An estimated one in three people suffer from high blood pressure, a severely debilitating condition that puts us at risk of heart attacks, strokes and kidney disease. And even with an armory of drugs at our disposal, almost half of those on prescribed medication still suffer from hypertension.
Blood pressure latest studies reveal that the brain may hold the key to a better understanding of high blood pressure, according to research funded by the British Heart Foundation. A team of researchers from Bristol University, UK have been carrying out blood pressure latest studies into the possible causes of hypertension, hoping to use the research to find cures for hypertensive patients who don’t respond to current medication. Professor Julian Paton who oversaw the research, stated “some of the patients in our clinic are on as many as six or more tablets a day, and still have dangerously high blood pressure’. This makes a clear case for doing more to research why we get high blood pressure and ways to treat it.
Blood pressure and the brain
The focus of these blood pressure latest studies is on the relationship between high blood pressure and the brain, specifically the hypothalamus and the brain-stem. These house the nerve cells that transmit messages via the autonomous nervous system – the system which controls blood pressure. In stressful situations or ‘fight or flight’ conditions our sympathetic nervous system becomes hyperactive causing blood pressure to briefly rise. This is entirely normal and helps us evade dangerous situations. Higher blood pressure means more blood flow which in turn supplies the additional oxygen and nutrients to muscles.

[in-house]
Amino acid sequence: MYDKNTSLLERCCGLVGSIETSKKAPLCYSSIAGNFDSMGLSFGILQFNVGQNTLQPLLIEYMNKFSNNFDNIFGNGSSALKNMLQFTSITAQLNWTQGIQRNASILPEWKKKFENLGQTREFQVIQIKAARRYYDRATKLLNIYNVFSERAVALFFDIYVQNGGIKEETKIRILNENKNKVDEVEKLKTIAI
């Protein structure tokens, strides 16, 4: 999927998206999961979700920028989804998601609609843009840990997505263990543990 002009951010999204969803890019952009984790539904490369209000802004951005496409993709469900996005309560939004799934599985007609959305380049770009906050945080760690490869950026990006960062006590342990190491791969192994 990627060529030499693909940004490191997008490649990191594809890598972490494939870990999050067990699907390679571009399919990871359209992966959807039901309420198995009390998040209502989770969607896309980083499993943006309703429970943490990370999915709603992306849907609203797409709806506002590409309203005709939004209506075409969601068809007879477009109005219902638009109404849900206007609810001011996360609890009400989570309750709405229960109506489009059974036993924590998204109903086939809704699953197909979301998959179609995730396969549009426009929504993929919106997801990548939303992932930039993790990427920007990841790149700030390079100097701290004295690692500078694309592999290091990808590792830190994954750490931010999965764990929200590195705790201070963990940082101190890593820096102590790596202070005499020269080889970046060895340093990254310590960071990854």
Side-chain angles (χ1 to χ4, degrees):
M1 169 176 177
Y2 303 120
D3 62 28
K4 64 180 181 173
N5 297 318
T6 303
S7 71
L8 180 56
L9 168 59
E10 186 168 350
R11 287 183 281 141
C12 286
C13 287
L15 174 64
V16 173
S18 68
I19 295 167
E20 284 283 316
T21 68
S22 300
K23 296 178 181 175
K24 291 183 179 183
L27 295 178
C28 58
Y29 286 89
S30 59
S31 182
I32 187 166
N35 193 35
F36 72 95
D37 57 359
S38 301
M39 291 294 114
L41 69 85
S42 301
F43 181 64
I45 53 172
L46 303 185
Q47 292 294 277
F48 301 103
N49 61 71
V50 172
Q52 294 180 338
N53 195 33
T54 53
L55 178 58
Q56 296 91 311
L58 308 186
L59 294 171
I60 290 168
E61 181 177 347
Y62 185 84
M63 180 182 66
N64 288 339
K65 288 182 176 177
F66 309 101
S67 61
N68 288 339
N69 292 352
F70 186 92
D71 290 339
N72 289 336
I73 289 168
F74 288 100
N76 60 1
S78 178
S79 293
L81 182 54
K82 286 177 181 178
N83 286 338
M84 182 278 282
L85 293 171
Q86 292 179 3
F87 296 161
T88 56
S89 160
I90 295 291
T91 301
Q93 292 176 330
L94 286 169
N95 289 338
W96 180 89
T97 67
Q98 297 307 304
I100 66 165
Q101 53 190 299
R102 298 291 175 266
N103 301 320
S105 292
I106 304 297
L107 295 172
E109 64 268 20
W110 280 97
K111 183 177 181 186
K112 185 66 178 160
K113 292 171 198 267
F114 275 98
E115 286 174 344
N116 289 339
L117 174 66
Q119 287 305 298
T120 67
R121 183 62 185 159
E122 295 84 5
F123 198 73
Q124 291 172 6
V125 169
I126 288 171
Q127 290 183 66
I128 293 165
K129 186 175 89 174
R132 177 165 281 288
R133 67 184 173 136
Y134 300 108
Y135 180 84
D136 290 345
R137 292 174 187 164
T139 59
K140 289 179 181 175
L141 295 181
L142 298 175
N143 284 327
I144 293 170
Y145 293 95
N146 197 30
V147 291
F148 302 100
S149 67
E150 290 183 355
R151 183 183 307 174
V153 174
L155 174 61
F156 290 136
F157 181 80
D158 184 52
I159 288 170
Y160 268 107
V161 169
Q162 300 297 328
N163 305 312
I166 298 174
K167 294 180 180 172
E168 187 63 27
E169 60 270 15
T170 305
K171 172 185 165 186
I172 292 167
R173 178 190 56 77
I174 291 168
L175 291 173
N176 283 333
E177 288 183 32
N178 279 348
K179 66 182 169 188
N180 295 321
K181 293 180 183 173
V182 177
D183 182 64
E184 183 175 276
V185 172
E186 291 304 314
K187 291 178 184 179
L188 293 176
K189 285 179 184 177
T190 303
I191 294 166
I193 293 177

As well as signals traveling from the brain to the blood vessels, the belief is that organs can send information to the brain. If there’s a narrowing of, for example, a renal artery – the artery that supplies blood to the Kidneys, and the kidney isn’t getting enough blood, it ‘screams’ at the brain to increase blood pressure.
Similarly if the brain thinks it’s not receiving enough blood it sends out signals to constrict blood vessels around the body. In people with high blood pressure however the brain is over-active, causing too much constriction of the blood vessels resulting in raised blood pressure. In many patients with hypertension the nerves around the base of the brain are narrowed with poor blood flow that’s why they send out an SOS for more blood, increasing blood pressure.
Cutting edge technology helps visualize flow of blood into the brain
The Bristol based team used a cutting-edge technique that involves radio-telemetry to record blood pressure remotely and continuously and fMRI (functional magnetic resonance imaging). This allowed them to visualize the brain and blood vessels as well as record changes in blood flow. The team continue to work to identify and manipulate the genes that control brain blood flow.
Further research is needed to find out what makes these nerve vessels constrict and become stiff, in order to be able to isolate the causes behind high blood pressure. By understanding how to reverse the issue of poor blood flow into the brain it should then be possible to bring about a reduction in blood pressure. Professor Paton says, based on these blood pressure latest studies we could see new treatments and medications within the next five to seven years.
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